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The effect of dialect mismatch on likelihood-maximising speech enhancement for noise-robust speech recognition

Kleinschmidt, Tristan, Sridharan, Sridha, & Mason, Michael (2010) The effect of dialect mismatch on likelihood-maximising speech enhancement for noise-robust speech recognition. In Tabain, Marija, Fletcher, Janet, Grayden, David, Hajek, John, & Butcher, Andy (Eds.) Proceedings of the 13th Australasian International Conference on Speech Science and Technology, The Australasian Speech Science & Technology Association, La Trobe University, Melbourne, Victoria, pp. 114-117.

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Abstract

Traditional speech enhancement methods optimise signal-level criteria such as signal-to-noise ratio, but these approaches are sub-optimal for noise-robust speech recognition. Likelihood-maximising (LIMA) frameworks are an alternative that optimise parameters of enhancement algorithms based on state sequences generated for utterances with known transcriptions. Previous reports of LIMA frameworks have shown significant promise for improving speech recognition accuracies under additive background noise for a range of speech enhancement techniques. In this paper we discuss the drawbacks of the LIMA approach when multiple layers of acoustic mismatch are present – namely background noise and speaker accent. Experimentation using LIMA-based Mel-filterbank noise subtraction on American and Australian English in-car speech databases supports this discussion, demonstrating that inferior speech recognition performance occurs when a second layer of mismatch is seen during evaluation.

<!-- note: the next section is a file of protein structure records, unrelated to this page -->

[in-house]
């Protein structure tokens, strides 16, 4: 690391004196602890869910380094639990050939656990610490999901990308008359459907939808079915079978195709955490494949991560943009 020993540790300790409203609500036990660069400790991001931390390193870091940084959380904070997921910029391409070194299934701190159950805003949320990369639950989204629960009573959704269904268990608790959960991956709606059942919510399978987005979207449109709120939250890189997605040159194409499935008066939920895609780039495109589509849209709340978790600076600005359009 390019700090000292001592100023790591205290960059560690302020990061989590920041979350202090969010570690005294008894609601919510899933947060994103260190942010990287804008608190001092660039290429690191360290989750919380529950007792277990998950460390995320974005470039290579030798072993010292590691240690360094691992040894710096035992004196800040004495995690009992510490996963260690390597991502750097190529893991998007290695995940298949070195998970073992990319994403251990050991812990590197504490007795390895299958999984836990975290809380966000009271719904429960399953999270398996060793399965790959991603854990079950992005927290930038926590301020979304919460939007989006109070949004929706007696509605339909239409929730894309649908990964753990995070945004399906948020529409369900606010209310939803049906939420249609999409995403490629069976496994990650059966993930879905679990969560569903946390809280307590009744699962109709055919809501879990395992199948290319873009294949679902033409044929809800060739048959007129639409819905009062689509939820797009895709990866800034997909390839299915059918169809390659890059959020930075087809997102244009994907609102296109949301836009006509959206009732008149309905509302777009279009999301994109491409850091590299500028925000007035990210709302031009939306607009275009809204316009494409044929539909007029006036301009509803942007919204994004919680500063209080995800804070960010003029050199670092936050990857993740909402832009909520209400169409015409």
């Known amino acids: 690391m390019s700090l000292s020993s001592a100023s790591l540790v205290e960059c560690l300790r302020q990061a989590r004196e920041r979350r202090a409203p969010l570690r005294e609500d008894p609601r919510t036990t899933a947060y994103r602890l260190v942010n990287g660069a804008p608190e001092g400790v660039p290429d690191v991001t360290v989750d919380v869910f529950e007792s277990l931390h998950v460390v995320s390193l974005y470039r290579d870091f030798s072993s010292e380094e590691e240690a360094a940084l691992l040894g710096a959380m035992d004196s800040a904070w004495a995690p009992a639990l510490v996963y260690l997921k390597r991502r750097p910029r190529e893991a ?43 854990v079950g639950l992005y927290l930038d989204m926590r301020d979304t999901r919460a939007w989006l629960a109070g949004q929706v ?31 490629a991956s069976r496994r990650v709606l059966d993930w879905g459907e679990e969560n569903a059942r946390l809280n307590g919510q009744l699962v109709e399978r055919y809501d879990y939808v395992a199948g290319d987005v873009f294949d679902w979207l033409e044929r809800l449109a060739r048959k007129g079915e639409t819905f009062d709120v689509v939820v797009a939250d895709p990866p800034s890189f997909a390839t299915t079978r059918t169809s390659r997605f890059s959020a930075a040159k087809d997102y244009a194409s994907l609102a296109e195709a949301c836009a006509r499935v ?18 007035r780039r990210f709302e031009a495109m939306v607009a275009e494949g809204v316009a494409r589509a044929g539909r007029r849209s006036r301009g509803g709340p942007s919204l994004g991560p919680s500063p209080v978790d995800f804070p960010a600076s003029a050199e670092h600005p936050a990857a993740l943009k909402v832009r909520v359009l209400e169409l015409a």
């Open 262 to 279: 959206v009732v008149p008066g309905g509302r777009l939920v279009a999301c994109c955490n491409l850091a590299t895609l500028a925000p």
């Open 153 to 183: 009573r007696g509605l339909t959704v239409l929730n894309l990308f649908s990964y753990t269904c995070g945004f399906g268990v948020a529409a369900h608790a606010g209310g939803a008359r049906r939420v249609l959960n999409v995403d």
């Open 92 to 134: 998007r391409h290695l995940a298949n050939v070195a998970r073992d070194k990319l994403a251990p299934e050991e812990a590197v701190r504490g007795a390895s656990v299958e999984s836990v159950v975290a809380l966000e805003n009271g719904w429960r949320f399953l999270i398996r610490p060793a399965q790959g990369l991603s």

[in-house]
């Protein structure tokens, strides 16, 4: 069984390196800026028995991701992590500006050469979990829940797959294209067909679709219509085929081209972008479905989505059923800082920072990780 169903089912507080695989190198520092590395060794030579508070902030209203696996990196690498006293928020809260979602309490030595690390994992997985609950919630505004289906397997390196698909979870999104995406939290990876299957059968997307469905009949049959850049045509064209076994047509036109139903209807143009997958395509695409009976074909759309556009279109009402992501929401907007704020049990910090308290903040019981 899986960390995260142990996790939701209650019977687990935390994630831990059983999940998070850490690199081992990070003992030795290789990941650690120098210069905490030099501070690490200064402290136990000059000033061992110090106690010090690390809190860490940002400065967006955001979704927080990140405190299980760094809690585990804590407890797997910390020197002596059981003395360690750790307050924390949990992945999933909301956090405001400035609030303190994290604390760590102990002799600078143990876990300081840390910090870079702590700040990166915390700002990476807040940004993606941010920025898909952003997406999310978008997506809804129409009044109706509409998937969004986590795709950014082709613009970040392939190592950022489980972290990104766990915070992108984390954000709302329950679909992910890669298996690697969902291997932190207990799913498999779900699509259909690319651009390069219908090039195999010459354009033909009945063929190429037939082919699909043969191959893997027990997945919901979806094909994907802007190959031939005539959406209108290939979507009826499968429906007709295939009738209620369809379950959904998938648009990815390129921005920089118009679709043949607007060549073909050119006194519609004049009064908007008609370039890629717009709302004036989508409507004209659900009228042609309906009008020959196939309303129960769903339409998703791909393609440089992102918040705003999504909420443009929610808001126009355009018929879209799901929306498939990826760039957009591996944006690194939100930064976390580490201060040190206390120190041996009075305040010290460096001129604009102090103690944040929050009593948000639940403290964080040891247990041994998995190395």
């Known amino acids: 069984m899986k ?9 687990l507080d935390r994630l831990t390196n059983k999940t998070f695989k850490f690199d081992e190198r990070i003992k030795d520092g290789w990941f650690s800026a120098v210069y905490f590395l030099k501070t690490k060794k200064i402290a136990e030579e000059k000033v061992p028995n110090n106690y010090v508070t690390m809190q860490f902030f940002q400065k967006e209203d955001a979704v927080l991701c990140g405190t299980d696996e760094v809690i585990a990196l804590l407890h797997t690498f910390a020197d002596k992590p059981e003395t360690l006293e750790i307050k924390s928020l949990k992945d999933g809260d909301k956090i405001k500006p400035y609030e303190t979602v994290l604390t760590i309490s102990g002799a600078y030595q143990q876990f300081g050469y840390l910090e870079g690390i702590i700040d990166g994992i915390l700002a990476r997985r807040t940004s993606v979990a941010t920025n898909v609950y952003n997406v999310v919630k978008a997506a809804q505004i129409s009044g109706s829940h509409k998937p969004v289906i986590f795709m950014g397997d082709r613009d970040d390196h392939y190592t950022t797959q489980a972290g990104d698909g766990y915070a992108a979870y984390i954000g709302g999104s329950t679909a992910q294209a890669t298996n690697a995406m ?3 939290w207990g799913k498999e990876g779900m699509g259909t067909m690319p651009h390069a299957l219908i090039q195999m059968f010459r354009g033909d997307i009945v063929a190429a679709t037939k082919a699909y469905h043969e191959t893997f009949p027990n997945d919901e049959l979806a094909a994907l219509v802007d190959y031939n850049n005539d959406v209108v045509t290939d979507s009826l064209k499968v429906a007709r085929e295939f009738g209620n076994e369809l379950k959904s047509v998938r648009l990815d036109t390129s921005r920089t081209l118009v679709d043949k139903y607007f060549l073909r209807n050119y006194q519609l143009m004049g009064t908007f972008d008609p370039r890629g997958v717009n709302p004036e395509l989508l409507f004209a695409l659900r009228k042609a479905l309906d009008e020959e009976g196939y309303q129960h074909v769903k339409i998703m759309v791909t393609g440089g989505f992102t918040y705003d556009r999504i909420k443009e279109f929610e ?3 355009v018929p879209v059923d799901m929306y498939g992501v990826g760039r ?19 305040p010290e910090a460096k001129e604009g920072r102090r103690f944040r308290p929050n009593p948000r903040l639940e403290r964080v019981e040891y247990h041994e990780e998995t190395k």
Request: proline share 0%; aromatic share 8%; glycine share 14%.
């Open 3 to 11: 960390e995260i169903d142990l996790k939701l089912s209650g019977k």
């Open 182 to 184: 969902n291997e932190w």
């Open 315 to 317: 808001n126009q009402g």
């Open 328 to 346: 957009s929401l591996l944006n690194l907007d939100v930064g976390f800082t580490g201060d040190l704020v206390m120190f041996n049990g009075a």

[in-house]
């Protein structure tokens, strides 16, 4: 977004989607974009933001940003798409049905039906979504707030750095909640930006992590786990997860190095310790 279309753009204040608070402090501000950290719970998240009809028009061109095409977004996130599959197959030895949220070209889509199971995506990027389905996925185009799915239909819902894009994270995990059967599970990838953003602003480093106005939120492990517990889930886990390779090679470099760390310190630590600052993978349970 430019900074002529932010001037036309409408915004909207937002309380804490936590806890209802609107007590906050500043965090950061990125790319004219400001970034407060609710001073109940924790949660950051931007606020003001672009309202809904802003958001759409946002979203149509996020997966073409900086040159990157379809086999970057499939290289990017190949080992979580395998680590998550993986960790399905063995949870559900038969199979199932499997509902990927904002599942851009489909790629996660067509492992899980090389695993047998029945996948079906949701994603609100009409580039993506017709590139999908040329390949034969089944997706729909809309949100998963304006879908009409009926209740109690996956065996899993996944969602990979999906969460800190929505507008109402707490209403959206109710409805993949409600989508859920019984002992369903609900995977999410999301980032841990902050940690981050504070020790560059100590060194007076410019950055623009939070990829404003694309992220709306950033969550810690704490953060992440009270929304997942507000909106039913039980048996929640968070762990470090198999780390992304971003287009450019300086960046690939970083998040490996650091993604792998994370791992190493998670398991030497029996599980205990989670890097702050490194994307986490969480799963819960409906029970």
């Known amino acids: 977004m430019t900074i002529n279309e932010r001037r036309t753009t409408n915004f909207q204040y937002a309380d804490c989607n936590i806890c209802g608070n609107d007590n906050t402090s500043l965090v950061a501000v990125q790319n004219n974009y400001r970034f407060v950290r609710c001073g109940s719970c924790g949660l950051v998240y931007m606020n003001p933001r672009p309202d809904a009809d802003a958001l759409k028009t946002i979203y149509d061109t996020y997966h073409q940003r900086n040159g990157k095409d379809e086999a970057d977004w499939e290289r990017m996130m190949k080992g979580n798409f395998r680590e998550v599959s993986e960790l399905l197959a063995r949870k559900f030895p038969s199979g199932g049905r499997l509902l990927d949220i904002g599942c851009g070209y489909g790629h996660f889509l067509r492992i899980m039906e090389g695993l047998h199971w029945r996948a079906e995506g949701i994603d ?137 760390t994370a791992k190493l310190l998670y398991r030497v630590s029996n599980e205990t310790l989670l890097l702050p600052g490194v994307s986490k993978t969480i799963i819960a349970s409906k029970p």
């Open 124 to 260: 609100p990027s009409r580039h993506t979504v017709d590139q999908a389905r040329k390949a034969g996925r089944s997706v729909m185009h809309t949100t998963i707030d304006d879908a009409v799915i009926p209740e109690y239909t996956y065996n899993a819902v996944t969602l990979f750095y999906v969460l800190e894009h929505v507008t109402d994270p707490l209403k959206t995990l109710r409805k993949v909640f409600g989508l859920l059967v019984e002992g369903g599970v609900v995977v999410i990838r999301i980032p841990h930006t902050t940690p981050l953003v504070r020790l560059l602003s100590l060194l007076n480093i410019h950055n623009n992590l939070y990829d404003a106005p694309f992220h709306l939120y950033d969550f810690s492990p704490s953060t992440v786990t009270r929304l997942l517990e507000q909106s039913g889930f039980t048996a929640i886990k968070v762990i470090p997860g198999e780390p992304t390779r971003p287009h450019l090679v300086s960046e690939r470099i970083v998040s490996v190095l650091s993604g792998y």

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ID Code: 34487
Item Type: Conference Paper
Additional URLs:
Keywords: Speech Recognition, Speech Enhancement, Optimization methods, Accent Mismatch
ISBN: 978-0-9581946-3-1
Subjects: Australian and New Zealand Standard Research Classification > ENGINEERING (090000) > ELECTRICAL AND ELECTRONIC ENGINEERING (090600) > Signal Processing (090609)
Divisions: Past > QUT Faculties & Divisions > Faculty of Built Environment and Engineering
Past > Institutes > Information Security Institute
Past > Schools > School of Engineering Systems
Copyright Owner: Copyright 2010 The Australasian Speech Science and Technology Association Inc.
Deposited On: 28 Jan 2011 09:19
Last Modified: 01 Mar 2012 00:31

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